I Was Lied To And Legally Threatened By An Emirates Purser

Yesterday I flew from Dubai to London Gatwick on an Emirates A380. I was quite looking forward to the flight, as I’d wanted to try Emirates’ A380 business class product since it came out. From the title you’d assume I was hugely disappointed by the flight, but it was largely awesome, and most of the crew were so, so friendly. That being said, of course, there was one huge exception.

Emirates Airbus A380 Munich Airport (I’ll share why I didn’t share a photo of an Emirates A380 in Dubai Airport later)

Let me start off by saying that I’ve always been very cautious not to take pictures of crewmembers without their express permission on flights. Even when crewmembers intentionally get in my photo, most of the time I choose not to publish photos with crew in it, and always ask before I take my first photo whenever I’m onboard an airplane cabin. I know some other bloggers don’t ask, and it’s technically not required to ask on most airlines; though I’ve never gotten a “no” before upon asking (even on this flight), so it usually always works to my advantage.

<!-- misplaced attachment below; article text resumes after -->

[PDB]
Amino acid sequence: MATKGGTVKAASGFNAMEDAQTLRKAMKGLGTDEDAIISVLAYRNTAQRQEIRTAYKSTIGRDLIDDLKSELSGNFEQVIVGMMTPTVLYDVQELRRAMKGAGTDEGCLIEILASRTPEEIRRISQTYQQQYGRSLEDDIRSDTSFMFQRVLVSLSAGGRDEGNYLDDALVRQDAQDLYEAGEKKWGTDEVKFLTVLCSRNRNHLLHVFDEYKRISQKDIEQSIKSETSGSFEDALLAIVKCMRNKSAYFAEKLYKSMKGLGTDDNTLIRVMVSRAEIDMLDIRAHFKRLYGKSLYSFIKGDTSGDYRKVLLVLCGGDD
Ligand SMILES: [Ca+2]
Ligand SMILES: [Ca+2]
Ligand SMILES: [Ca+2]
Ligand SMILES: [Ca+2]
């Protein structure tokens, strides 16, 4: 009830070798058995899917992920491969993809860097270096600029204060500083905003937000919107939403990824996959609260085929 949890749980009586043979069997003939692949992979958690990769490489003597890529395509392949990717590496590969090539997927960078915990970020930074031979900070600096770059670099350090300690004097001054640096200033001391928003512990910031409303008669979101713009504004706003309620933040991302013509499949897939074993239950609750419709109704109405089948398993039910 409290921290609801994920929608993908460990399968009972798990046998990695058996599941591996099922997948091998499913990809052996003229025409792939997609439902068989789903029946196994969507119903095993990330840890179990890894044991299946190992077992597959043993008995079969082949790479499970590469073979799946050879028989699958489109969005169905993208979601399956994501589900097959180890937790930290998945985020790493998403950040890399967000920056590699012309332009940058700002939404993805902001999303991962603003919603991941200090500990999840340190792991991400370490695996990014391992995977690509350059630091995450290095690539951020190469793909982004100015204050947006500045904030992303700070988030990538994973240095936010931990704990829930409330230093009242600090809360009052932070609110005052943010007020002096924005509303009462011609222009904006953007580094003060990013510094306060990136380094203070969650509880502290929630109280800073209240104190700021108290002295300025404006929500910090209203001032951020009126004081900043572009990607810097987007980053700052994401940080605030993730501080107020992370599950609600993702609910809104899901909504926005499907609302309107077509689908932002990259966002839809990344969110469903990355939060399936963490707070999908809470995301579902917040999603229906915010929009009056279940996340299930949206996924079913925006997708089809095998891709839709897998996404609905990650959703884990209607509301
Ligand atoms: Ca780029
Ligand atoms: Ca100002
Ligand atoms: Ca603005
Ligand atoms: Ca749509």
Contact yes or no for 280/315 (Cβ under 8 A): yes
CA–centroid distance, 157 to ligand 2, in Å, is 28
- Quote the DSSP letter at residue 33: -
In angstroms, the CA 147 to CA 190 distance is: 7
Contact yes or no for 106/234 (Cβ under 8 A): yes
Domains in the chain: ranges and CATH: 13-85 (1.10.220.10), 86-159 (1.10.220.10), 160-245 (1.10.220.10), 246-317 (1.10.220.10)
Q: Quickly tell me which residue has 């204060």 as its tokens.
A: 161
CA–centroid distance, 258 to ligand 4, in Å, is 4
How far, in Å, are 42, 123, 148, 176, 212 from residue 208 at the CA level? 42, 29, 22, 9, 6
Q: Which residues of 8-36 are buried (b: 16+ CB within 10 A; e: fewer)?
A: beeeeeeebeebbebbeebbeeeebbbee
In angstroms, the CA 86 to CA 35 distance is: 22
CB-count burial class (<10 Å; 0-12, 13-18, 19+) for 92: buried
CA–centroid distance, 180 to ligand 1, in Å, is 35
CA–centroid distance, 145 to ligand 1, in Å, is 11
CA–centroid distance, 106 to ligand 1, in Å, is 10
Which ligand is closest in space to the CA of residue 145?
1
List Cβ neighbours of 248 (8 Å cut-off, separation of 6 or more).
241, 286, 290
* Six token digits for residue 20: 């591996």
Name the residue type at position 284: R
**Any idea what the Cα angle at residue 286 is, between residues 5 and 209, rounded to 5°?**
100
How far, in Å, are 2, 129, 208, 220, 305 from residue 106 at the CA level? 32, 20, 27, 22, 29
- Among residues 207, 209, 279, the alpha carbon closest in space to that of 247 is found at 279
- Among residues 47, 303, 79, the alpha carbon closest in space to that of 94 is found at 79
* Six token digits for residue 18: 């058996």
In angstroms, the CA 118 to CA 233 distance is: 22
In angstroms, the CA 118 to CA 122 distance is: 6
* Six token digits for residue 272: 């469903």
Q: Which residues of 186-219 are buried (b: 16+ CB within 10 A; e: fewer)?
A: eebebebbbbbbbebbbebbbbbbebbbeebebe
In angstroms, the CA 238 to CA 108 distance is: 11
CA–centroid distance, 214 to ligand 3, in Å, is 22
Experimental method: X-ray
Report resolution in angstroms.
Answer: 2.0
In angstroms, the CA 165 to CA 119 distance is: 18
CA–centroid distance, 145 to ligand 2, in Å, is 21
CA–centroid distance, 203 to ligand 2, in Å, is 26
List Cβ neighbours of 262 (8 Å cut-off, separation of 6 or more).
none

So I did go ahead and take some photos of Emirates’ beautiful A380 cabin. I asked the caring crewmember Rachel, who said “yes”, and even offered to smile in the photo (I haven’t chosen to publish that one).

Emirates Airbus A380 Business Class

Mid-flight, the incredible Issam (another crewmember) offered to grab a picture of me at the bar using a Polaroid camera, which Emirates advertises as an amenity onboard their flights.

This photos is apparently not allowed either…Emirates took it!

Here’s where the drama starts

Around two hours before we landed into Gatwick, the purser, Hatem Mamdouh, shoulder-tapped me at the bar, and brought me into the galley. He then said that he’d been tracking me taking photos of the cabin on Emirates’ A380 cameras, and said that he suggested I wipe all the photos immediately. He used the analogy “if you’re in someone’s house, you wouldn’t take pictures of it and post it online“.

This makes no sense for a couple of reasons: